Steve Cioppa is a NSCA Certified personal trainer / TRX certified trainer with over 20 years of experience.  He can be reached at 203-767-5899 or

Work with a trainer? Think about it. As always, the information I have posted for you here is completely unsolicited – I have no financial ties with Steve!

Have a fabulous weekend,

Dr. Nolfo

Fighting Bad Cholesterol With GOOD Methods!

Re-calibrating Our Views On Cholesterol

As a doctor of Internal Medicine, I find that one common misconception many of my young adults (ages 35 and below) have is that “bad” (LDL or non-HDL) cholesterol is a problem of older age.  Too often the sentiment “Live while you are young!” is taken out of context by people in their teens, twenties and thirties to mean “Don’t worry about your health till you are older.” While it is true that after we reach the age of 20 our cholesterol levels begin naturally to increase, there are many factors besides age that determine the levels of bad cholesterol in our blood. While some of that is hereditary, many of these factors can be monitored and controlled from quite a young age. While I am a firm believer in living life to the fullest – I also am adamant that the choices we make about our health and wellness in our formative years provide a strong baseline for our bodies and minds of the future.

The Problems of Waiting Out Your Youth To Correct Cholesterol Levels

Patients of mine above the age of 50 are certainly at a higher risk of cardiovascular complications related to bad cholesterol than their younger counterparts. However, even children with poor dietary habits can have alarmingly high bad cholesterol levels and even the beginnings of blocked arteries before high school!

When one of my older patients at high risk has a very high LDL cholesterol (>190) and we have not been able to improve it with lifestyle changes such as exercise and diet, I may decide to use a prescription treatment for lowering those levels  to minimize the risks of complications like strokes or heart attacks. The most widely prescribed are statins, which quickly reduce bad cholesterol levels in the blood . Statins, such as Lipitor, Crestor or Zocor, work by inhibiting HMG-CoA reductase,  a liver enzyme which promotes cholesterol production in the human body.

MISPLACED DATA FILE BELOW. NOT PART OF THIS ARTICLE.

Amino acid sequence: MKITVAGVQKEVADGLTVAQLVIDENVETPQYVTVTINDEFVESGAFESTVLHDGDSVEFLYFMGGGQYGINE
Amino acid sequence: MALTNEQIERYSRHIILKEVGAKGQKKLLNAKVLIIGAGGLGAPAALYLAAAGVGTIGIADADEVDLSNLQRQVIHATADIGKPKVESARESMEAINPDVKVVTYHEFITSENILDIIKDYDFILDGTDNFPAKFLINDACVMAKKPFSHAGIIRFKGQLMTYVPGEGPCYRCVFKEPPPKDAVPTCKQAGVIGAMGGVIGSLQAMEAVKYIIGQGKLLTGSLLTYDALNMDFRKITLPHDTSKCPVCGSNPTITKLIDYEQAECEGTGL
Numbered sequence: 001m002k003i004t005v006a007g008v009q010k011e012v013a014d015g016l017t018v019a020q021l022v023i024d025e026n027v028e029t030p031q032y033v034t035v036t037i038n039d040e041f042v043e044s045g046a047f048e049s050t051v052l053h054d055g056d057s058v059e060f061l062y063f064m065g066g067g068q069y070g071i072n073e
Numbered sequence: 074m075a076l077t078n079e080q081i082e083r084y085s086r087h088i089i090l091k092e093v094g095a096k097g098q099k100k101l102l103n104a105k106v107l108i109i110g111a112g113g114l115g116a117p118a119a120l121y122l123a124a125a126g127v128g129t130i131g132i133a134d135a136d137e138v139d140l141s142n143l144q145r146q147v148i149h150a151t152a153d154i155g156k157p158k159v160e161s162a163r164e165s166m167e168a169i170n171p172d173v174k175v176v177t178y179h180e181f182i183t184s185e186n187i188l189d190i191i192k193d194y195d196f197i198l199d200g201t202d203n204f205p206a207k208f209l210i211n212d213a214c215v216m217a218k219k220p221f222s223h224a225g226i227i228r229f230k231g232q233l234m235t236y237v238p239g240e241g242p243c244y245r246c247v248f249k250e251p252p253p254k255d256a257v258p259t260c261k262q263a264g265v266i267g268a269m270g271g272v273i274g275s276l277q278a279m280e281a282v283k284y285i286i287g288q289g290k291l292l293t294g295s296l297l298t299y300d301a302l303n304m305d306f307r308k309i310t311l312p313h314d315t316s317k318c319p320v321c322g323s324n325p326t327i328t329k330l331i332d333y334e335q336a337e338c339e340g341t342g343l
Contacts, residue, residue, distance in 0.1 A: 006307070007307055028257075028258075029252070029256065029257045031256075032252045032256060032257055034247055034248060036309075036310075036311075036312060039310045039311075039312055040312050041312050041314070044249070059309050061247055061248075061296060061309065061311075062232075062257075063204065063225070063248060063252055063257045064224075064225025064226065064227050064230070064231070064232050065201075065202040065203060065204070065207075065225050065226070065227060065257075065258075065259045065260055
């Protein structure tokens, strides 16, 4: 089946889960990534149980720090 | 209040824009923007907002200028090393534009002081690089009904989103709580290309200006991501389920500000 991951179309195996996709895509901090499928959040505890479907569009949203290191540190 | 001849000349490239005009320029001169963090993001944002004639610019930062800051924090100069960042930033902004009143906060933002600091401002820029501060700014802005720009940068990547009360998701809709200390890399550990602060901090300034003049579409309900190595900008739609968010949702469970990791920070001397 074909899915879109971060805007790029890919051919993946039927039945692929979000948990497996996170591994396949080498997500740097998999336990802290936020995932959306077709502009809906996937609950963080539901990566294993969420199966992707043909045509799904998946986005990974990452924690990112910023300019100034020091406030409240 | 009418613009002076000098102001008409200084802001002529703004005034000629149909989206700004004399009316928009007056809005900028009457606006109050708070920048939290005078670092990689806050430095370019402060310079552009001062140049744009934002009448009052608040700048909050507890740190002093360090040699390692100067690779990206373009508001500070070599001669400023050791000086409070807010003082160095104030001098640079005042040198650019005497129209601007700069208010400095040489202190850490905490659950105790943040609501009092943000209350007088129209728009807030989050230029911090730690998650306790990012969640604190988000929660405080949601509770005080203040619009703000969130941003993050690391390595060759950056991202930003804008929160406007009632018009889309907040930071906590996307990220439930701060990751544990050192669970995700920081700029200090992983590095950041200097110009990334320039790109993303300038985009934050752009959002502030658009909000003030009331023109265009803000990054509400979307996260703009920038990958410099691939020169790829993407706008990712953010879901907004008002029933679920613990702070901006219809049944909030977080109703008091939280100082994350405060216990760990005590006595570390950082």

(By the way, I have always advised my patients to CONTINUE their lifestyle efforts and to take Coenzyme Q10 whileon the statin, because statins deplete this substance which is a vital co-factor in your cells’ energy production.)

Despite the fact that I prescribe these medicines, as an advocate of a natural approach to health whenever possible, I’d much prefer that my patients never reach the point where taking a statin becomes their best option. While statins have proven to be extremely effective in reducing levels of bad cholesterol – their efficacy can be trumped by an array of side effects: muscle pain (not uncommon), liver problems (very rare) and increased risk of diabetes among them.

Today I’d like to talk specifically about one somewhat surprising side effect of statin use which has recently been highlighted by researchers in the peer-reviewed journal, Obesity.